European Union regulators face pressure from angry freighter operators to cut back drastically on the number of special allowances being granted to carriers flying Antonov An-26s and Ilyushin Il-76s in the region.
Russian freight giant Volga-Dnepr says its own investment in developing the modernised Il-76TD-90VD is being made futile by the European Commission's practice of routinely granting exemptions to operators of earlier Il-76 models that are formally banned on noise grounds.
The company's move comes as the European Aviation Safety Agency confirmed that on 28 September it granted a restricted type certificate to the An-26, paving the way for the EC to approve continued operation of the aircraft in the EU. The EC says: "Now that EASA has taken its decision, we will assess the situation and then take an appropriate decision accordingly."
Operators and the developers of the Fokker 50 freighter and other Western models are furious, questioning the basis on which the An-26 certification was given and insisting that the continued operation of the elderly military design threatens to destroy their businesses.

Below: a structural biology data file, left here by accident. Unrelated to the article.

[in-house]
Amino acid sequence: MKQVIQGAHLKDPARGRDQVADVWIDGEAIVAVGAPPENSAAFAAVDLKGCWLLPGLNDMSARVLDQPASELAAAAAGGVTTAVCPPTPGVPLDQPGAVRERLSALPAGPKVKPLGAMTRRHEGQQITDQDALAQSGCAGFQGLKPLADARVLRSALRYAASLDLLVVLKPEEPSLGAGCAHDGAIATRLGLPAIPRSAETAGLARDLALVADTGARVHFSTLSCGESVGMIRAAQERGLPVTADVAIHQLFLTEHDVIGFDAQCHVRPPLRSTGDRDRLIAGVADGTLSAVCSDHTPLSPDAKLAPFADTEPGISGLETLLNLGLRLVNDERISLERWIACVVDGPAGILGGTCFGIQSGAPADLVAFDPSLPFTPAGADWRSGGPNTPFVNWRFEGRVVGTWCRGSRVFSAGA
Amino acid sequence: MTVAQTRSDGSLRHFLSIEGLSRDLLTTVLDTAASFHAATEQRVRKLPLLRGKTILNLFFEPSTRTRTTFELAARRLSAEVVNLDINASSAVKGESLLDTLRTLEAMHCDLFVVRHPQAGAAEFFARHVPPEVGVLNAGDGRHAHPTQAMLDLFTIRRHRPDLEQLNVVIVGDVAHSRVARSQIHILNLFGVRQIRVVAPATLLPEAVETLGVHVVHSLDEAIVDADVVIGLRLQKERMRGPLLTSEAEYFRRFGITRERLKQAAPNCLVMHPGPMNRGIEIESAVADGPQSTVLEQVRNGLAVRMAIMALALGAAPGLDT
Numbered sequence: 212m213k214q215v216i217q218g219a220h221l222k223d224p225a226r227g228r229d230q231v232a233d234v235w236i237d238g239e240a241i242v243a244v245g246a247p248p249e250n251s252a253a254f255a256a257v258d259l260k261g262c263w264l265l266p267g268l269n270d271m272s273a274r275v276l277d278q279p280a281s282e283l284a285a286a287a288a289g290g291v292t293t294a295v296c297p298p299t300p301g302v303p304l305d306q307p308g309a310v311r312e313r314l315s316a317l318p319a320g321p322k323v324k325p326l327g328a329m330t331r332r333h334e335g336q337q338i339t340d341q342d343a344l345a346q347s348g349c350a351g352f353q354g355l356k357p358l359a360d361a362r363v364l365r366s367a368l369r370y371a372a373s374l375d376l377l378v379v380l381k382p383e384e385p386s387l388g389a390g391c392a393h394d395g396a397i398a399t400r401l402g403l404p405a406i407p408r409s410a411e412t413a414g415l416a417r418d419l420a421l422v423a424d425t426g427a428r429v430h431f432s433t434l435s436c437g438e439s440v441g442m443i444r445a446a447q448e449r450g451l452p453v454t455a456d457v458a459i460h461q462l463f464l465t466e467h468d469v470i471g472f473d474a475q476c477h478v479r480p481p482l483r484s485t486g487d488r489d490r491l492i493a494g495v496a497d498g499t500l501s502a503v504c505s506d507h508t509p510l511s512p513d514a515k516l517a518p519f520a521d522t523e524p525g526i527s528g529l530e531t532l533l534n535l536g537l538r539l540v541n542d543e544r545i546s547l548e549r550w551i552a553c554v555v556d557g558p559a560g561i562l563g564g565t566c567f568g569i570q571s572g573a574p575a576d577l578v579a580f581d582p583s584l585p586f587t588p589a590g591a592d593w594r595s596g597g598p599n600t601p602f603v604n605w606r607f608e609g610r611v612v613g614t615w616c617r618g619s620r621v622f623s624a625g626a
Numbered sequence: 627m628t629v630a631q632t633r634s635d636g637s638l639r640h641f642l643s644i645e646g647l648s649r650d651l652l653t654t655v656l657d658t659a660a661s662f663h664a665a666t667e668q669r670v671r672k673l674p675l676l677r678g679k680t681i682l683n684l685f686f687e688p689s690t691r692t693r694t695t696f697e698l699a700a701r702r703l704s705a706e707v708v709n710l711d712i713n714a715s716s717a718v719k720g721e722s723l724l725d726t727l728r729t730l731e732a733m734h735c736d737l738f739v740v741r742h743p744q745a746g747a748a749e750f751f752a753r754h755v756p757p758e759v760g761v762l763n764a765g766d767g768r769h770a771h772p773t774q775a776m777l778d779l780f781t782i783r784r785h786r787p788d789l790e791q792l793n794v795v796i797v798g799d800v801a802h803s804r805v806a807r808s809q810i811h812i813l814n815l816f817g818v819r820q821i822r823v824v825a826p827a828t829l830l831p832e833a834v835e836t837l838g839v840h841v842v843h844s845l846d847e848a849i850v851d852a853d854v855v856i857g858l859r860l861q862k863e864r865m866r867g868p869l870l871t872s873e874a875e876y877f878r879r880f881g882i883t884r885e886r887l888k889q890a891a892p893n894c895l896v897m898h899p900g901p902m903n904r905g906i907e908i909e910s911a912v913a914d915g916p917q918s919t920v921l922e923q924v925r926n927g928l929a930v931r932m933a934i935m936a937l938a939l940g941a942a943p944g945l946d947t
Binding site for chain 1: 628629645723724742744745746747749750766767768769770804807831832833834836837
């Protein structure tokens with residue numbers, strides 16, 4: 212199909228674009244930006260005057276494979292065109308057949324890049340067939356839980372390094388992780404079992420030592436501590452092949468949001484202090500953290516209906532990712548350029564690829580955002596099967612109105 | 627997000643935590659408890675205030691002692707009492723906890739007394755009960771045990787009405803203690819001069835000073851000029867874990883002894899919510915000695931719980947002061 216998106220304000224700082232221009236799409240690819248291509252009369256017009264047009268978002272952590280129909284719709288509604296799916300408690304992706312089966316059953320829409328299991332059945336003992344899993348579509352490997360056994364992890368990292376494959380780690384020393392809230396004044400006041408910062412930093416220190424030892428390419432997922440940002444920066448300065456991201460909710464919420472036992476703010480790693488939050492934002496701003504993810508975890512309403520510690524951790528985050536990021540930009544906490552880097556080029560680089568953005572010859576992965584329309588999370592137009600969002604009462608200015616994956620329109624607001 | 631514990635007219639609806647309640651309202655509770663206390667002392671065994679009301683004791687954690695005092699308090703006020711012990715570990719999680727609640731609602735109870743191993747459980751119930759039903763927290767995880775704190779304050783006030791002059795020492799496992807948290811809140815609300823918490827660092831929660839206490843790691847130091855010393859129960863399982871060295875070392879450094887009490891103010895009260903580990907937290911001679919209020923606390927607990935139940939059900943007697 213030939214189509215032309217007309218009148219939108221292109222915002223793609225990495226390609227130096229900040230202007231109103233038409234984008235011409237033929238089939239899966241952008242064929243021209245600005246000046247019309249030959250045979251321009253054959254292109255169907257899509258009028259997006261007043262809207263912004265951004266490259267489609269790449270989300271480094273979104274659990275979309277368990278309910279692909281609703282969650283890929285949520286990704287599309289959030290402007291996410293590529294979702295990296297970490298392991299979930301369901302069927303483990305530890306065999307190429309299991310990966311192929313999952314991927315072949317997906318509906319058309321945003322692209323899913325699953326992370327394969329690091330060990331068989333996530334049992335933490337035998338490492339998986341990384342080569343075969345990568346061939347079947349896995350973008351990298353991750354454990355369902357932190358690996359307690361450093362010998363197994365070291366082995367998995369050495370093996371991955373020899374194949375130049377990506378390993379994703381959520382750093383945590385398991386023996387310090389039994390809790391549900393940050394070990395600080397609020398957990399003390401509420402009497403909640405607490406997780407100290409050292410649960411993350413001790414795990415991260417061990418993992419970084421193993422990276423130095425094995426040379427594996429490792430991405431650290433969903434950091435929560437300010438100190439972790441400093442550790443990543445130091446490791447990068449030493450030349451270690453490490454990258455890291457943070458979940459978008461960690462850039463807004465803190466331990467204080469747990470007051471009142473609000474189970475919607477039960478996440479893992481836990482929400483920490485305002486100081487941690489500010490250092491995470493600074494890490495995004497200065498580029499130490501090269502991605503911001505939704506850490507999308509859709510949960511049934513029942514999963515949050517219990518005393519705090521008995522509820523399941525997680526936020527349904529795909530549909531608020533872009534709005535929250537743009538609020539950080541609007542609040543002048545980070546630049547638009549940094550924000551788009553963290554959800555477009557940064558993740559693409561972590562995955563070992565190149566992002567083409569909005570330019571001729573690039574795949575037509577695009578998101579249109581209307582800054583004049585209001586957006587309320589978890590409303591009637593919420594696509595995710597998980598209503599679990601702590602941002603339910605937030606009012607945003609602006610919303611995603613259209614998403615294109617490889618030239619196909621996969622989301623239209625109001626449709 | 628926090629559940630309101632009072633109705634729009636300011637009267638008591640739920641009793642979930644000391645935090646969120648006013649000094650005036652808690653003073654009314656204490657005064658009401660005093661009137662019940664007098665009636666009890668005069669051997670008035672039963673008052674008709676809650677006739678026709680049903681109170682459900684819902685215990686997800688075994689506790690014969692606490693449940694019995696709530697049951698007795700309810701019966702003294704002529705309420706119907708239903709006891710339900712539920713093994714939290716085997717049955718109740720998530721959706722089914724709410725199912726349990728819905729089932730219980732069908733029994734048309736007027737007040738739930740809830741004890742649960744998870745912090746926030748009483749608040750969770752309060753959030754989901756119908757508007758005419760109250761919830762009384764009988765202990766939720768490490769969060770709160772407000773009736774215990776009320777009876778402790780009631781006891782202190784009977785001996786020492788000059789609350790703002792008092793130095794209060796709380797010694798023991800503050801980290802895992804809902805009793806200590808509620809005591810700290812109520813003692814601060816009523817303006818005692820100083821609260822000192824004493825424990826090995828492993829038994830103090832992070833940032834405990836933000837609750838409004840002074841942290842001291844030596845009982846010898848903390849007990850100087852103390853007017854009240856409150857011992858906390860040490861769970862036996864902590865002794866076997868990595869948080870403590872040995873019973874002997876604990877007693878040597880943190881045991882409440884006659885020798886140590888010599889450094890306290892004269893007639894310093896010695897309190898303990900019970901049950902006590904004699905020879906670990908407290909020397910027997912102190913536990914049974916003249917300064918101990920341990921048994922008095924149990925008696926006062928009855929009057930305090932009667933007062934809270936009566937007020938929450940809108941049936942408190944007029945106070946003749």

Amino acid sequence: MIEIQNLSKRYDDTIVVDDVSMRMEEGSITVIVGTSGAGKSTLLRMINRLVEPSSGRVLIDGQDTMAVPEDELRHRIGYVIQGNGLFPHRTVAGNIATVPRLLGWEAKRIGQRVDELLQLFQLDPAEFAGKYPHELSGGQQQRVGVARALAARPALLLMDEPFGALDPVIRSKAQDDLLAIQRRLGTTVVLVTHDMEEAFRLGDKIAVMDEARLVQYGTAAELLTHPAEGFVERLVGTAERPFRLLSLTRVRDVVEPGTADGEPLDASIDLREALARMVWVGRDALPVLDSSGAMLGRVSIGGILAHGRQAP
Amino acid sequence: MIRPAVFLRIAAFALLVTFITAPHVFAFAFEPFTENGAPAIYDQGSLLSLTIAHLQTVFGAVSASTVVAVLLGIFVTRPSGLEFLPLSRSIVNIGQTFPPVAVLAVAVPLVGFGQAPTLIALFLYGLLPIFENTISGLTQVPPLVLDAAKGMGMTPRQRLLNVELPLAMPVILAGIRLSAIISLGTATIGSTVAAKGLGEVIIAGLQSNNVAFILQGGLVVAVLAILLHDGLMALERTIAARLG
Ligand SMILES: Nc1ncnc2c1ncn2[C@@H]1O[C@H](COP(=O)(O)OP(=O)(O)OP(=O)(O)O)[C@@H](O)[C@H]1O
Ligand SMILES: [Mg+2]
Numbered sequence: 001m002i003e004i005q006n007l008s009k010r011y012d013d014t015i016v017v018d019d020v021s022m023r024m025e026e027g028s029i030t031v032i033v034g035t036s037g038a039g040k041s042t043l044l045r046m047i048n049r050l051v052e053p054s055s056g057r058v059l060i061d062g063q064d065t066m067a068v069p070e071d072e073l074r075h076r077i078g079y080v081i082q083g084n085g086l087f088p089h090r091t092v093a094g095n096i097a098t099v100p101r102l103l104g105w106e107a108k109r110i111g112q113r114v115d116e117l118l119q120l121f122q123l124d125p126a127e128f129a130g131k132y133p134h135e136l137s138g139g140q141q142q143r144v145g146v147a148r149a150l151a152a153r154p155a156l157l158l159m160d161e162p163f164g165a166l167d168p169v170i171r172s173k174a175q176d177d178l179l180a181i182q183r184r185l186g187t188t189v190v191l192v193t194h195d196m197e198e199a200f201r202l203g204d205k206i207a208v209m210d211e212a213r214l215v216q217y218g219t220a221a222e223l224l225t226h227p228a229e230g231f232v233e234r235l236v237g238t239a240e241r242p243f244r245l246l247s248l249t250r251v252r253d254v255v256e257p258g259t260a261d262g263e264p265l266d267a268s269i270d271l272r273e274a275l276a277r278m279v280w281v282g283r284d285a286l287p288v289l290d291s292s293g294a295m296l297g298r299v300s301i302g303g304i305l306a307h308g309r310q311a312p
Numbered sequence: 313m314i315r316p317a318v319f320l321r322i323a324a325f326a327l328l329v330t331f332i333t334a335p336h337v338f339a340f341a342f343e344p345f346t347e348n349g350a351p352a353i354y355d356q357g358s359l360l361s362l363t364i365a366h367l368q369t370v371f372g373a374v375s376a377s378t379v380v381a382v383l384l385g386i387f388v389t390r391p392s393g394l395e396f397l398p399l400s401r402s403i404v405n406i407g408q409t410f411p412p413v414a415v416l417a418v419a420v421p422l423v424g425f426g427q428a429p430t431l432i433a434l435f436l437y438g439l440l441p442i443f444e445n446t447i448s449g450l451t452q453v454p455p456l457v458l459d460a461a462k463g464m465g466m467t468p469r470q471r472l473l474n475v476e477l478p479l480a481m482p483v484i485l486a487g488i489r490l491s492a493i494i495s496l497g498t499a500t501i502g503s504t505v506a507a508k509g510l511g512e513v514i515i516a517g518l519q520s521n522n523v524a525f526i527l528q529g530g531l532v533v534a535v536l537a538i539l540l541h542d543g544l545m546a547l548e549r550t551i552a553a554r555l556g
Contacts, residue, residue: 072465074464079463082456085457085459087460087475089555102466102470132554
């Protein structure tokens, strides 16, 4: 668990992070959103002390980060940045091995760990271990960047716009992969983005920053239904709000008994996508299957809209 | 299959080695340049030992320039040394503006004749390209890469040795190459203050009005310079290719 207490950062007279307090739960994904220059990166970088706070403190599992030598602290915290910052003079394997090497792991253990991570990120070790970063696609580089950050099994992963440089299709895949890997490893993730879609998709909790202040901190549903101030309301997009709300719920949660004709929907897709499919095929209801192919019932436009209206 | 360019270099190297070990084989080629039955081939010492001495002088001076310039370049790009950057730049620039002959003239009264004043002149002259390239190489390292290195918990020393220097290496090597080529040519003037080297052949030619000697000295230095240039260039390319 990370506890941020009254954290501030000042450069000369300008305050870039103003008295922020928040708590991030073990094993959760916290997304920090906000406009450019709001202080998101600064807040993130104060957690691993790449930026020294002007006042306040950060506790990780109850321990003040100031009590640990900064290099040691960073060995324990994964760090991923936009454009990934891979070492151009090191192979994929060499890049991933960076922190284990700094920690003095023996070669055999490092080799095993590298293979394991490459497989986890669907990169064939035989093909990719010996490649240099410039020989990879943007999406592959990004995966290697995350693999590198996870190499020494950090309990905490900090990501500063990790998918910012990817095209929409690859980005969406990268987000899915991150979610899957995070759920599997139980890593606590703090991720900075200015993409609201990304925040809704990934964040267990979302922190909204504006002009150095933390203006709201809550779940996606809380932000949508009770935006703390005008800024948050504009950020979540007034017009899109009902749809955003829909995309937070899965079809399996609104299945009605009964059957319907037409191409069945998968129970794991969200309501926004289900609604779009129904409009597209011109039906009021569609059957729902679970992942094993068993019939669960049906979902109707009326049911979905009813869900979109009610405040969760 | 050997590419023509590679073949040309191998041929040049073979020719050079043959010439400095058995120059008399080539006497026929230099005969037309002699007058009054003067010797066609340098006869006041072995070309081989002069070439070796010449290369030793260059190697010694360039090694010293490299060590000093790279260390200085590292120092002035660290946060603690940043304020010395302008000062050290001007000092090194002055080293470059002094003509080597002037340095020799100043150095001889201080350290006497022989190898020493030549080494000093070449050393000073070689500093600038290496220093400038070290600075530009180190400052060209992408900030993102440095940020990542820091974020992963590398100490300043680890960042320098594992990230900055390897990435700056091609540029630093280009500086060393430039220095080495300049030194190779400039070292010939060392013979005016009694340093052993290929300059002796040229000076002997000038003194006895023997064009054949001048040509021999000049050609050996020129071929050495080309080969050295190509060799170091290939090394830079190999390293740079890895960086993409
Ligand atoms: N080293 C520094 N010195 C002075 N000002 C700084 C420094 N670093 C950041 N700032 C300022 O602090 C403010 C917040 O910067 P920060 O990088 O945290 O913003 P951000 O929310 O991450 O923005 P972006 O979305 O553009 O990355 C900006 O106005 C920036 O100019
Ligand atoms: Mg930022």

In a letter to one operator seen by Flight International, EASA executive director Patrick Goudou says that "the certification basis was defined by the agency and is at least equivalent to the one of a similar Western type which would have applied for certification at the time the An-26 was designed and approved in its 'home' country".
He adds that the agency performed "a review of the major in-service airworthiness events" of the An-26 as part of the process.
Volga-Dnepr says only the UK and Ireland strictly enforce Stage 3 noise regulations and adds: "Volga-Dnepr wants the EU to set a defined timeline for all operators to become fully compliant."
Group commercial director Dennis Gliznoutsa says: "It has been an expensive and long-term commitment to launch a new-generation version of the Il-76." He says routine exemptions "completely remove the incentive for professional airlines to invest in modern fleets that comply with the laws of the sky".
He adds: "This not only impacts the niche players in the air cargo market. Larger European carriers, with extensive freighter fleets, much of which are currently grounded, are also seeing their business further eroded by these errant operations."